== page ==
Love and scandal are the best sweeteners of tea. —Henry Fielding

02 December 2014

The Theory of Everything

It would be silly to try to evaluate The Theory of Everything as an actual film. It is a movie so interested in being an Oscar contender and so obviously filmed with "Oscar" in mind, that it only makes sense to talk about Everything as it pertains to Oscar.

This isn't to say that Everything isn't enjoyable at times. It is. But the first half of the film is a generic English love story, and the second half of the film – although we only know the characters because of the parts they generally play in the love-story genre – is a disability narrative that plays up all of the old tropes of disabilities you'd expect from a Hallmark movie.

Eddie Redmayne hits all of the right notes as Stephen Hawking, and he looks the part, his wiry frame and Jan Sewell's makeup combining to convince us that we are looking at the famous physicist.

Felicity Jones is less convincing as Hawking's wife, mostly because she looks about thirty years old throughout the film's entirety (i.e. her actual age). The transformation of Stephen Hawking over time is so vivid and concretely realized that it looks odd to see his wife looking the same age as when he met her at Cambridge when they were both kids. All of this is odd because Everything is ostensibly her story, based on the memoir of Jane Hawking herself. And although the film can't help but be about her more than it is about him, it appears that the filmmakers resisted that as much as they could, attempting to make this the Stephen Hawking story. It is a strange marriage that feels like a struggle throughout.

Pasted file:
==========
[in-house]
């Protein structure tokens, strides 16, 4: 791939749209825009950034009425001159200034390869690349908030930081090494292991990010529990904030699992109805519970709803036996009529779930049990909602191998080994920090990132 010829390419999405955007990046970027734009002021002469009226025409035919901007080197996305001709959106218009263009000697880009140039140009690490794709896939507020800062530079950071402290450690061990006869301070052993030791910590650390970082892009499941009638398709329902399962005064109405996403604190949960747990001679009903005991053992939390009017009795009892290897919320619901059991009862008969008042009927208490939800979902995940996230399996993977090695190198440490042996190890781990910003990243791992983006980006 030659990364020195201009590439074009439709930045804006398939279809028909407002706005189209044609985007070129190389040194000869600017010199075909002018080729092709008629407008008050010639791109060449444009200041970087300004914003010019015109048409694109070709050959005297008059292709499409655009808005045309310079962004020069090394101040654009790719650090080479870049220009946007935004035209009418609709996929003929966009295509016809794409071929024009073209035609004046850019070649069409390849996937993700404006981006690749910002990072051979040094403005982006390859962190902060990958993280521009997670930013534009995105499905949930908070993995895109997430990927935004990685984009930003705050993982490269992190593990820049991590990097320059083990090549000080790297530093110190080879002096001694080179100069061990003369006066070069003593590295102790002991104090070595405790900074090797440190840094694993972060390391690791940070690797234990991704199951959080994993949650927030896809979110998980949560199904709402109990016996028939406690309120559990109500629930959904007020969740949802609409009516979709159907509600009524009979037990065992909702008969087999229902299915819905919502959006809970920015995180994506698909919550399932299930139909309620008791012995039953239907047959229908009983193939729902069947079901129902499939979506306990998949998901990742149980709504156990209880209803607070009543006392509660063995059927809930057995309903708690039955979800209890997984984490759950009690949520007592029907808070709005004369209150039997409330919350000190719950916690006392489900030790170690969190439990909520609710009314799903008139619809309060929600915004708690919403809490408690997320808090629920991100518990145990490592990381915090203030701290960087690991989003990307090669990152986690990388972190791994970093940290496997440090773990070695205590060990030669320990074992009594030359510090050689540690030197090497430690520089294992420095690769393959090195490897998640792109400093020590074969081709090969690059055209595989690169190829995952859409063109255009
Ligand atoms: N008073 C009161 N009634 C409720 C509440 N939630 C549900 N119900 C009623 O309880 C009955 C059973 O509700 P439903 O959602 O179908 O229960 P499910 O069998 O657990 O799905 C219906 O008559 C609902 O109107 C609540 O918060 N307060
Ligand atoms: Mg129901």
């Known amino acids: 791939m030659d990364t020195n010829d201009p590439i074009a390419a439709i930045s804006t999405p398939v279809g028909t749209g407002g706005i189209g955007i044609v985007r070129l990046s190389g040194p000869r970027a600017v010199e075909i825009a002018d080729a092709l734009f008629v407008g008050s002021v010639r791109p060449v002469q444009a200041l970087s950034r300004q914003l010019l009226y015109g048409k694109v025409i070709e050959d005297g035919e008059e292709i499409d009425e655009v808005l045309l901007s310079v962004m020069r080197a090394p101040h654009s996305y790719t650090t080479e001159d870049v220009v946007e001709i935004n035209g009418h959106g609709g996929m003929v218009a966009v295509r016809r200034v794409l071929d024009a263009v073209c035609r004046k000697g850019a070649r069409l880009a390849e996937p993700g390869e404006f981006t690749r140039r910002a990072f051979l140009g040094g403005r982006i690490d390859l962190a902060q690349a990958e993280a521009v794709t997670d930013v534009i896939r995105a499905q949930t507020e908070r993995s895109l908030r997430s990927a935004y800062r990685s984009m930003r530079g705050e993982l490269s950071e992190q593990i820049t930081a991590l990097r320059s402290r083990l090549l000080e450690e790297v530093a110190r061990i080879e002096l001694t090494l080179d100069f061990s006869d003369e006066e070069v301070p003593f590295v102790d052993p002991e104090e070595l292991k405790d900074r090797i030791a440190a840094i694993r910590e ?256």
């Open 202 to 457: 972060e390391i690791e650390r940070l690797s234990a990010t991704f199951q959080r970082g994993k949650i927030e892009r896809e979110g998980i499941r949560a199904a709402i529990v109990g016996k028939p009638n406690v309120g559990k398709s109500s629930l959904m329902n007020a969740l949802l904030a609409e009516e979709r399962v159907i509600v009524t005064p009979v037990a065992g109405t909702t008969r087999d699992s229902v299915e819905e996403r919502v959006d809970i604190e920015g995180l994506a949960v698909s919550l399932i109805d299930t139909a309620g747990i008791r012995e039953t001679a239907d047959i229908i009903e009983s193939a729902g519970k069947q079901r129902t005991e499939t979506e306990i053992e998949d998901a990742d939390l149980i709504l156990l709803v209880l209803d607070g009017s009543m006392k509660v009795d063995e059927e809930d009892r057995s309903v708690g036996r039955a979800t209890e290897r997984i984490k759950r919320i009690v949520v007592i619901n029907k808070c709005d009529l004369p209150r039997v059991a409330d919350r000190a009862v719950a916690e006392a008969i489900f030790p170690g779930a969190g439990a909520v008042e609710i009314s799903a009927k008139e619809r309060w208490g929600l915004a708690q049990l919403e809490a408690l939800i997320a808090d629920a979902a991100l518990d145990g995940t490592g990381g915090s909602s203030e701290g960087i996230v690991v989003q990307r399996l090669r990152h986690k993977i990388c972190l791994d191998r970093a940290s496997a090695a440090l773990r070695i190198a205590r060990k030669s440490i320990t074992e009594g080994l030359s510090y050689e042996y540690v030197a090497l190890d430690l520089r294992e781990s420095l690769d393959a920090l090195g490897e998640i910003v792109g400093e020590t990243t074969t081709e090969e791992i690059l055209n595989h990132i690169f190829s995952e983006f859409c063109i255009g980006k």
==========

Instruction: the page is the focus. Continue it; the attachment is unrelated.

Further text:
Mr. Lloyd
For me the standout performance in the movie was by a guy named Harry Lloyd. He plays Hawking's friend at graduate school, and he is the first person to be told that Hawking has two years to live. His work in this sequence is perfect. One sees everything in his face. It is a gorgeously honest performance.

In the film's second act, Charlie Cox is introduced and Everything gets a little queer. It was here where my companions and I perked up at the possibilities of the movie. Maybe, we thought, we are in for something a little different. But the movie can't really manage its own queerness. Uncomfortable in its non-generic territory, it returns us to genre by picking a new genre: this time the overcoming-disability-supercrip narrative so often described by critical disability studies.

But the script, I wager, has some legs for an Oscar nomination, and once audiences see Everything their heartstrings (as it were) are going to be tugged. The score could get an Oscar nomination, as well. I would also expect the two leads to snag nominations. I'm betting four nominations, no wins. And if you don't care about  the Oscars, go ahead and skip this one altogether.